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Imagine Owning Carrols Restaurant Group (NASDAQ:TAST) And Wondering If The 41% Share Price Slide Is Justified

Simply Wall St

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The simplest way to benefit from a rising market is to buy an index fund. When you buy individual stocks, you can make higher profits, but you also face the risk of under-performance. For example, the Carrols Restaurant Group, Inc. (NASDAQ:TAST) share price is down 41% in the last year. That contrasts poorly with the market return of 6.9%. However, the longer term returns haven't been so bad, with the stock down 26% in the last three years. Furthermore, it's down 12% in about a quarter. That's not much fun for holders.

View our latest analysis for Carrols Restaurant Group

While markets are a powerful pricing mechanism, share prices reflect investor sentiment, not just underlying business performance. One imperfect but simple way to consider how the market perception of a company has shifted is to compare the change in the earnings per share (EPS) with the share price movement.

During the last year Carrols Restaurant Group saw its earnings per share drop below zero. Some investors no doubt dumped the stock as a result. We hope for shareholders' sake that the company becomes profitable again soon.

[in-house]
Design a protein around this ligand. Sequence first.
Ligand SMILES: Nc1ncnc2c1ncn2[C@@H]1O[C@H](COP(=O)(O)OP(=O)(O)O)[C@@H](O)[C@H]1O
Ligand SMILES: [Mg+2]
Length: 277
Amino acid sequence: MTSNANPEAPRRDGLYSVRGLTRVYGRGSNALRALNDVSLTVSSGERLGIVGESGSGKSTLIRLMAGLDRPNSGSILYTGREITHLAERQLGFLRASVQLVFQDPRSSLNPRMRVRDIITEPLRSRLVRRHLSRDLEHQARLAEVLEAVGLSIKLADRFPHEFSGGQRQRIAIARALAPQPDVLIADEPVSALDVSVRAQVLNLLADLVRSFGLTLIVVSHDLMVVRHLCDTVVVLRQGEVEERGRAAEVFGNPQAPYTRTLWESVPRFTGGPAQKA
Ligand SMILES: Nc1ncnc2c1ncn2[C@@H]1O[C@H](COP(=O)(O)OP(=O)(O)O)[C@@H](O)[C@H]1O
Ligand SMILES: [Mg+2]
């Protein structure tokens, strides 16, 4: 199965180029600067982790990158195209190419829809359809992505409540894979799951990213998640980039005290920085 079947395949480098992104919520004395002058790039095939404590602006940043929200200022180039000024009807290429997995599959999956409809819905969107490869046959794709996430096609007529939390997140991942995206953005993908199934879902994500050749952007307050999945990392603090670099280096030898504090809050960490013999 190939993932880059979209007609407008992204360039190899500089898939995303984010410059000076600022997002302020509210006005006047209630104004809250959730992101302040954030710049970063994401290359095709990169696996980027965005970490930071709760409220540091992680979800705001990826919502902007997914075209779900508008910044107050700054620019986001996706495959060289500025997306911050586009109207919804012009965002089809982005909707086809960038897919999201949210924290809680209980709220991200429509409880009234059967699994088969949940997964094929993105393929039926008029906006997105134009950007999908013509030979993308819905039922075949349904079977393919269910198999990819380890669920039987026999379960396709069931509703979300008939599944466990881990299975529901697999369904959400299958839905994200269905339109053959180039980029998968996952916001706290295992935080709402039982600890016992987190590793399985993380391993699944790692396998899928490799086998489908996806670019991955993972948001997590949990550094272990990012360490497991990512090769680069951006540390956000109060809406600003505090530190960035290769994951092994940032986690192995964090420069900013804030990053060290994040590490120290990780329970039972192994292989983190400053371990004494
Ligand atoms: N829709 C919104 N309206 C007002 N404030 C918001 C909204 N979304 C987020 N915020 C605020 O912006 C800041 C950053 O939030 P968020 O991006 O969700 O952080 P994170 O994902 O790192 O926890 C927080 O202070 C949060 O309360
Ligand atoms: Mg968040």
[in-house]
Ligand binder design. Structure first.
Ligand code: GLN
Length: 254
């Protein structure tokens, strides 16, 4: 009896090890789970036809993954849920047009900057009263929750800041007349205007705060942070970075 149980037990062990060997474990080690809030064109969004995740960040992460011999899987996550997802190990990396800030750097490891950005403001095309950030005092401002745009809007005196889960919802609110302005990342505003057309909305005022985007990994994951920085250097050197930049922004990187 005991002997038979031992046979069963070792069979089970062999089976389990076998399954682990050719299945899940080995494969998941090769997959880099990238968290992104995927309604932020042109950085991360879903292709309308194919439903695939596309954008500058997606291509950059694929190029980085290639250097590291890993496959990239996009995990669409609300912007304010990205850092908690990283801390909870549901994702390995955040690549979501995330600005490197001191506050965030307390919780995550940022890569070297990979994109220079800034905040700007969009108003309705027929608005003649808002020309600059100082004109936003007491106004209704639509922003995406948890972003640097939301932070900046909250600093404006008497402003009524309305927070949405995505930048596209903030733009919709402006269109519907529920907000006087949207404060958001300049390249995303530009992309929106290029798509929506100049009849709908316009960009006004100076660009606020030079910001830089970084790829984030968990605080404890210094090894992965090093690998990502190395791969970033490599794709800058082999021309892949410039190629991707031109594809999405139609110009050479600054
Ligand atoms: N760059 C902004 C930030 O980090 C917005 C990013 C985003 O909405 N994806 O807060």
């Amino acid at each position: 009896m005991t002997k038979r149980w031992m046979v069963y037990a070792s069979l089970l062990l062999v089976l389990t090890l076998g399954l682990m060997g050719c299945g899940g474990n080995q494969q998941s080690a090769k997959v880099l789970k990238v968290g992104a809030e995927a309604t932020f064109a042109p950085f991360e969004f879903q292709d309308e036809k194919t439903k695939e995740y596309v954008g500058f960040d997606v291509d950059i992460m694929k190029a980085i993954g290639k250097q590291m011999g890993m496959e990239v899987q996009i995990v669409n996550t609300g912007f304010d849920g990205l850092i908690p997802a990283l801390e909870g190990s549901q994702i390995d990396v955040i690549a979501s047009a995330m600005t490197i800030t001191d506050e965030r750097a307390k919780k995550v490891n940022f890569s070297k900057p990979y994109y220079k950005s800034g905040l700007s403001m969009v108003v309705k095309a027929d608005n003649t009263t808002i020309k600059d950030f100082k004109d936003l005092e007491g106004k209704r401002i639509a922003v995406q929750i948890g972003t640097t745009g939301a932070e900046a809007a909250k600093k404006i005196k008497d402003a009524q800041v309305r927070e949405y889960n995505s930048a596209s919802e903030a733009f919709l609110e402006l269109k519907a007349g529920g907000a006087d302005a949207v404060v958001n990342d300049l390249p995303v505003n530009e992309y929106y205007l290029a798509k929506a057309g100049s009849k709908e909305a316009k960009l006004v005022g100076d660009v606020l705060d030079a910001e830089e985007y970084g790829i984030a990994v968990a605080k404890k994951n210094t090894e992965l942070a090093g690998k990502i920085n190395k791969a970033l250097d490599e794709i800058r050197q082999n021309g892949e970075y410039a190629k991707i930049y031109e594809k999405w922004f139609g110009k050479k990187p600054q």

You can see how EPS has changed over time in the image below (click on the chart to see the exact values).

NasdaqGS:TAST Past and Future Earnings, June 27th 2019

It's probably worth noting we've seen significant insider buying in the last quarter, which we consider a positive. On the other hand, we think the revenue and earnings trends are much more meaningful measures of the business. Before buying or selling a stock, we always recommend a close examination of historic growth trends, available here..

A Different Perspective

Investors in Carrols Restaurant Group had a tough year, with a total loss of 41%, against a market gain of about 6.9%. However, keep in mind that even the best stocks will sometimes underperform the market over a twelve month period. Longer term investors wouldn't be so upset, since they would have made 3.4%, each year, over five years. It could be that the recent sell-off is an opportunity, so it may be worth checking the fundamental data for signs of a long term growth trend. If you want to research this stock further, the data on insider buying is an obvious place to start. You can click here to see who has been buying shares - and the price they paid.

There are plenty of other companies that have insiders buying up shares. You probably do not want to miss this free list of growing companies that insiders are buying.

Please note, the market returns quoted in this article reflect the market weighted average returns of stocks that currently trade on US exchanges.

We aim to bring you long-term focused research analysis driven by fundamental data. Note that our analysis may not factor in the latest price-sensitive company announcements or qualitative material.

If you spot an error that warrants correction, please contact the editor at editorial-team@simplywallst.com. This article by Simply Wall St is general in nature. It does not constitute a recommendation to buy or sell any stock, and does not take account of your objectives, or your financial situation. Simply Wall St has no position in the stocks mentioned. Thank you for reading.